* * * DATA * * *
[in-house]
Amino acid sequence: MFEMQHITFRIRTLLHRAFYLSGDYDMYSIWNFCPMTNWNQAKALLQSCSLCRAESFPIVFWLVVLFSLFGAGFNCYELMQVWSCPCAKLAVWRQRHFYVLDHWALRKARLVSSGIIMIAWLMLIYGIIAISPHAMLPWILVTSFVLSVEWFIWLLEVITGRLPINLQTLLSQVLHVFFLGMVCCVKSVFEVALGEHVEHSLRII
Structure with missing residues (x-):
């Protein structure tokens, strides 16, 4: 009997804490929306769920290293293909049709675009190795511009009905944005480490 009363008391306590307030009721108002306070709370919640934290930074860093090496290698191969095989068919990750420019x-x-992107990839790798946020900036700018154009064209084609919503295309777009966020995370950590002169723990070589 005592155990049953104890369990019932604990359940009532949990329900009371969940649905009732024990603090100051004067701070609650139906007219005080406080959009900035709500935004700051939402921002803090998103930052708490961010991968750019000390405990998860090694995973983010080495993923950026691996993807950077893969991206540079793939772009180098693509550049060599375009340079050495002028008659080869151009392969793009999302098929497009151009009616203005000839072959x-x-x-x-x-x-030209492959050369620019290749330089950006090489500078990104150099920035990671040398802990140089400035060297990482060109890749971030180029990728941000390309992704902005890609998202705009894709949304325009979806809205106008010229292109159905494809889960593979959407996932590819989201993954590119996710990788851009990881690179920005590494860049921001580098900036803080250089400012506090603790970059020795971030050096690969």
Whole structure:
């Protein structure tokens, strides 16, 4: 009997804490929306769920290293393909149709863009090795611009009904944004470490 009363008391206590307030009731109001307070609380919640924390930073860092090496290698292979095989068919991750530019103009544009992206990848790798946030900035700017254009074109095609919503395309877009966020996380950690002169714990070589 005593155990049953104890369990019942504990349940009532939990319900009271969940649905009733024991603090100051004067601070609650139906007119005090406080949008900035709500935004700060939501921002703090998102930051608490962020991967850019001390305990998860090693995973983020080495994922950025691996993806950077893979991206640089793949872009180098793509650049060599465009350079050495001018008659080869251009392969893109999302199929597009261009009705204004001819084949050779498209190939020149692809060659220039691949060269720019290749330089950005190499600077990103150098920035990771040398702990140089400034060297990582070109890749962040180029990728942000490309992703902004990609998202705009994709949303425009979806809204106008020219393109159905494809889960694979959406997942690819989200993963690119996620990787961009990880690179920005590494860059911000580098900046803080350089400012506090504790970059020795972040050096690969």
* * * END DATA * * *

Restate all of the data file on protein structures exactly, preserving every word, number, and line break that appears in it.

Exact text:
[in-house]
Amino acid sequence: MFEMQHITFRIRTLLHRAFYLSGDYDMYSIWNFCPMTNWNQAKALLQSCSLCRAESFPIVFWLVVLFSLFGAGFNCYELMQVWSCPCAKLAVWRQRHFYVLDHWALRKARLVSSGIIMIAWLMLIYGIIAISPHAMLPWILVTSFVLSVEWFIWLLEVITGRLPINLQTLLSQVLHVFFLGMVCCVKSVFEVALGEHVEHSLRII
Structure with missing residues (x-):
């Protein structure tokens, strides 16, 4: 009997804490929306769920290293293909049709675009190795511009009905944005480490 009363008391306590307030009721108002306070709370919640934290930074860093090496290698191969095989068919990750420019x-x-992107990839790798946020900036700018154009064209084609919503295309777009966020995370950590002169723990070589 005592155990049953104890369990019932604990359940009532949990329900009371969940649905009732024990603090100051004067701070609650139906007219005080406080959009900035709500935004700051939402921002803090998103930052708490961010991968750019000390405990998860090694995973983010080495993923950026691996993807950077893969991206540079793939772009180098693509550049060599375009340079050495002028008659080869151009392969793009999302098929497009151009009616203005000839072959x-x-x-x-x-x-030209492959050369620019290749330089950006090489500078990104150099920035990671040398802990140089400035060297990482060109890749971030180029990728941000390309992704902005890609998202705009894709949304325009979806809205106008010229292109159905494809889960593979959407996932590819989201993954590119996710990788851009990881690179920005590494860049921001580098900036803080250089400012506090603790970059020795971030050096690969």
Whole structure:
């Protein structure tokens, strides 16, 4: 009997804490929306769920290293393909149709863009090795611009009904944004470490 009363008391206590307030009731109001307070609380919640924390930073860092090496290698292979095989068919991750530019103009544009992206990848790798946030900035700017254009074109095609919503395309877009966020996380950690002169714990070589 005593155990049953104890369990019942504990349940009532939990319900009271969940649905009733024991603090100051004067601070609650139906007119005090406080949008900035709500935004700060939501921002703090998102930051608490962020991967850019001390305990998860090693995973983020080495994922950025691996993806950077893979991206640089793949872009180098793509650049060599465009350079050495001018008659080869251009392969893109999302199929597009261009009705204004001819084949050779498209190939020149692809060659220039691949060269720019290749330089950005190499600077990103150098920035990771040398702990140089400034060297990582070109890749962040180029990728942000490309992703902004990609998202705009994709949303425009979806809204106008020219393109159905494809889960694979959406997942690819989200993963690119996620990787961009990880690179920005590494860059911000580098900046803080350089400012506090504790970059020795972040050096690969």